Remixing Code, Resisting Control

For the past several weeks, I’ve been thinking about computer code and language as a means of control. For Alexander Galloway, code is a type of protocol, or a way of imposing control in communication. In Protocol, Galloway describes code as a language (yet to be officially recognized as such) that requires adherence to its standards in order to work. For Kenneth Goldsmith, code offers an opportunity to be creative. In Uncreative Writing, Goldsmith talks about remixing different kinds of “code,” such as the code from an image file with lines of poetry, to create a new image. I’m wondering how we can bring what Galloway says about control and restraint in code into conversation with Goldsmith’s presentation of creative uses of code.

Galloway shows how power structures, such as DNS and ISP, are instituted through code, which must conform to a certain standard in order to successfully communicate. For Galloway, resistance to this kind of control consists of finding loopholes or “exploits” in systems (what hackers do). But Goldsmith shows how resistance to standards can take a different route, how it can actually defy the requirements of protocol, by splicing the standard code with other kinds of code, or languages. This remixing is creative because it combines two different codes (such as poetry and computer code) to create something new.

On page 24 in Uncreative Writing. Goldsmith performs an experiment with an image of William Shakespeare. His experiment takes the textual code from the image and splices it with the text from a Shakespearean sonnet. The resulting .jpg file renders a jumbled image. I performed the same experiment with a picture of my family’s thanksgiving table. Here, I took the code from a .jpg file and spliced it with text (in this case, with an argument that my family had at the table when the picture was taken). The result looks like this:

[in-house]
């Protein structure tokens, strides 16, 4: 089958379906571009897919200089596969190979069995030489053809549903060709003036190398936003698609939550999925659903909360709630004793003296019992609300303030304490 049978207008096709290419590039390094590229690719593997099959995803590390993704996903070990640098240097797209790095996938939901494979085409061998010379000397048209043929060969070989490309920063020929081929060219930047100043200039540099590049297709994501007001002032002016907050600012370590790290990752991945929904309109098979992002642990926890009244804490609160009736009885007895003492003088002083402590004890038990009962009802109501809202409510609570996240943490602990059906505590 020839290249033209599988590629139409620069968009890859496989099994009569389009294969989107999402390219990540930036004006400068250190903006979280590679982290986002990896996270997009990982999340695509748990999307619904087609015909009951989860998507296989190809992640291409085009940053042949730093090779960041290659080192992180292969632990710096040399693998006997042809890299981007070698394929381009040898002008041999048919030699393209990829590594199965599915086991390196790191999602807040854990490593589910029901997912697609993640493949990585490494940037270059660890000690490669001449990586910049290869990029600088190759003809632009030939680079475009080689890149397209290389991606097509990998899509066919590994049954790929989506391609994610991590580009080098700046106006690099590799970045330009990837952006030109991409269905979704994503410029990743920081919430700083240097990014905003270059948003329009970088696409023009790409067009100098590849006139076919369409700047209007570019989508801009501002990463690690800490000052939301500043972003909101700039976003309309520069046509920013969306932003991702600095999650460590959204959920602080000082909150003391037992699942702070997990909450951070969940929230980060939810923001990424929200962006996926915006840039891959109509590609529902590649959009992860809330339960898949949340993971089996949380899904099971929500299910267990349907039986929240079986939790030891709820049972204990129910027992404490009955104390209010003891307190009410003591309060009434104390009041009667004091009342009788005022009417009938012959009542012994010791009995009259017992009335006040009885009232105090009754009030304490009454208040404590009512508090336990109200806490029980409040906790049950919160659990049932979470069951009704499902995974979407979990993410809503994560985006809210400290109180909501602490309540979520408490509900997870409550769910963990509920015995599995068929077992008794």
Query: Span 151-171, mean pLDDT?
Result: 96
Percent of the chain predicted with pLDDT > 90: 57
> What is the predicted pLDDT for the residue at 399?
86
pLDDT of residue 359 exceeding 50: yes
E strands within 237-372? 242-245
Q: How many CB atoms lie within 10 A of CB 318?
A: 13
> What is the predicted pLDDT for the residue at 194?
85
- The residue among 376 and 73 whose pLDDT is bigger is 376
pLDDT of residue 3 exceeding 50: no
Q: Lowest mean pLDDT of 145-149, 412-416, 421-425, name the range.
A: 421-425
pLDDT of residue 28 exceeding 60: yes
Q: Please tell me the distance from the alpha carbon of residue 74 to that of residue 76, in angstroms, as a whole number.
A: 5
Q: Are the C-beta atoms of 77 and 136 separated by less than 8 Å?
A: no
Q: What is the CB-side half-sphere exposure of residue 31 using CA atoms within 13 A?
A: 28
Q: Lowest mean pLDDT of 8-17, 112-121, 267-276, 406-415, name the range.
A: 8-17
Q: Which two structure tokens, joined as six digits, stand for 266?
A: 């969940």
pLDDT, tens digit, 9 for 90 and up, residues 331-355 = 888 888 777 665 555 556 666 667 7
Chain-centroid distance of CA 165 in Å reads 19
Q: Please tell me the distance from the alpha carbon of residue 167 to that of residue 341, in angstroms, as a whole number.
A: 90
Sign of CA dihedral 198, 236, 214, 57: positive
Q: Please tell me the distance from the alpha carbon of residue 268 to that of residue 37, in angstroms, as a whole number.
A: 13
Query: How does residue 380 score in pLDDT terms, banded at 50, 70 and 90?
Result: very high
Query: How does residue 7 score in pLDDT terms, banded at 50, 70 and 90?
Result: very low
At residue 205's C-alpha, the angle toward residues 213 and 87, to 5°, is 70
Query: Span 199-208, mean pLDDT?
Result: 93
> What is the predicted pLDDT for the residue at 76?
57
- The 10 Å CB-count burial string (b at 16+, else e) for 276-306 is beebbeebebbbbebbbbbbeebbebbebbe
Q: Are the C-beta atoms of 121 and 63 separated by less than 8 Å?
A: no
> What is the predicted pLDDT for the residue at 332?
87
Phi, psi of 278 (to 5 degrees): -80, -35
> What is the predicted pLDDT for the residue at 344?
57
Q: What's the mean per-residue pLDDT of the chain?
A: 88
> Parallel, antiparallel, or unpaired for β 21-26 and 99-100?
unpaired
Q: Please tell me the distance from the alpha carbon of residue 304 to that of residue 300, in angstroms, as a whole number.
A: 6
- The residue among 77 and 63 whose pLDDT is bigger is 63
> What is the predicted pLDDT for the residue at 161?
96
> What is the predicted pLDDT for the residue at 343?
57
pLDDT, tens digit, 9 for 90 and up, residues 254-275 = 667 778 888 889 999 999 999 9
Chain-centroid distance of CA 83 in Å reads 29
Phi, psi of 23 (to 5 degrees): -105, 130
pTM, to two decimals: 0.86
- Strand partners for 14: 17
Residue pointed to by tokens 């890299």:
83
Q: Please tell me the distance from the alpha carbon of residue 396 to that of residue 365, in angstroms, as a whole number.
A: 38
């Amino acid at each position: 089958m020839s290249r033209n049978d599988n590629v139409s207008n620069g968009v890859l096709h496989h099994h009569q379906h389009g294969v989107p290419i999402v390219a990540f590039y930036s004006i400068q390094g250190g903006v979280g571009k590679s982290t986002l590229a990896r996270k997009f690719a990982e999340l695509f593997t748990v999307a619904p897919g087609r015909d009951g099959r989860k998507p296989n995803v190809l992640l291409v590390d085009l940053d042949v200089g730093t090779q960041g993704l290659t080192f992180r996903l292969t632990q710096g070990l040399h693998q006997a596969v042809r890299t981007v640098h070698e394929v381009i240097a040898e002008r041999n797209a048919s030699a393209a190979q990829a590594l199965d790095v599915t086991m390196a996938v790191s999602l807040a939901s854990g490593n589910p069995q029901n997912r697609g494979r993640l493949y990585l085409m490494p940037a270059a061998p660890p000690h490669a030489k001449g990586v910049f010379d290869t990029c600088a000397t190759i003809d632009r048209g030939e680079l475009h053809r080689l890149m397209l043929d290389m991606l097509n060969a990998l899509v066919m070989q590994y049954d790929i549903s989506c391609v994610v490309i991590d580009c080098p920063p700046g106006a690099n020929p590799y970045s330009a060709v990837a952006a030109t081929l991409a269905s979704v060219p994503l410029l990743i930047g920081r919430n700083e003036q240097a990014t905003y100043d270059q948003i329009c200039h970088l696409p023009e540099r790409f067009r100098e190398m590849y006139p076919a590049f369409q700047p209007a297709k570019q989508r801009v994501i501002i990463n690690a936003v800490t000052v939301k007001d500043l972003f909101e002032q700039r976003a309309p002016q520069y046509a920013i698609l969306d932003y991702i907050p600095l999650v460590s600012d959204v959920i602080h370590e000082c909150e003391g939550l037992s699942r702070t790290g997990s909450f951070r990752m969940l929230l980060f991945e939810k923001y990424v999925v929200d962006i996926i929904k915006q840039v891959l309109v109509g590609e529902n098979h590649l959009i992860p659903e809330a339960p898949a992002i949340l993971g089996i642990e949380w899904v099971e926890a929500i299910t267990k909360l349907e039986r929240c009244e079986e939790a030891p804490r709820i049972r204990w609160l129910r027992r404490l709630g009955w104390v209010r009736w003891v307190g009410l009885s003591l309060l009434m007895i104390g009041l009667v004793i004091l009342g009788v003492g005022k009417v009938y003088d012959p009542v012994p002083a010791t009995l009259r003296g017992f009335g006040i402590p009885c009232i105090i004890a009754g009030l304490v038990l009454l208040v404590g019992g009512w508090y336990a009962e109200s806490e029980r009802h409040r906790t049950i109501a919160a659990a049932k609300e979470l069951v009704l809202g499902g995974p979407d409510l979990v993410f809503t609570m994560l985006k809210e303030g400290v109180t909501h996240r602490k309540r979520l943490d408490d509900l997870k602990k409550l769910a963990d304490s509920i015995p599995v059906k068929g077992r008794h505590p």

The image shows two things: first, how the code doesn’t work, and second, how this failure nonetheless results in an image that is read and rendered by the computer. In this case, the remixing of code is both corruptive and creative. It shows that mixing different kinds of languages, such as English and computer code, successfully resists standards.

I realize that Galloway’s project is ultimately about communication, while Goldsmith’s is about creating something new from old materials. But it seems to me that we can see the two in the same light, as a resistance to the control of language through experimentation. Do you think this experiment changes how we view protocol? Is mixing different kinds of code analogous to Galloway’s “exploit”, or is it something else?

1 thought on “Remixing Code, Resisting Control

  1. Lisa Hirschfield

    Excuse the theoretical jargon, but that is SO COOL!

    I think it works – aesthetically, to be sure. It’s interesting how some parts of the image are very clear, other sections are interpolated with patterns that could be from a totally different image – I see greenery, maybe part of a forest. There is a sense of motion in it, as well as different dimensions; that triangular corner toward the bottom left creates another plane in the photo, which the wine bottle intersects. I suggest making holiday cards from this image and giving them to your family.


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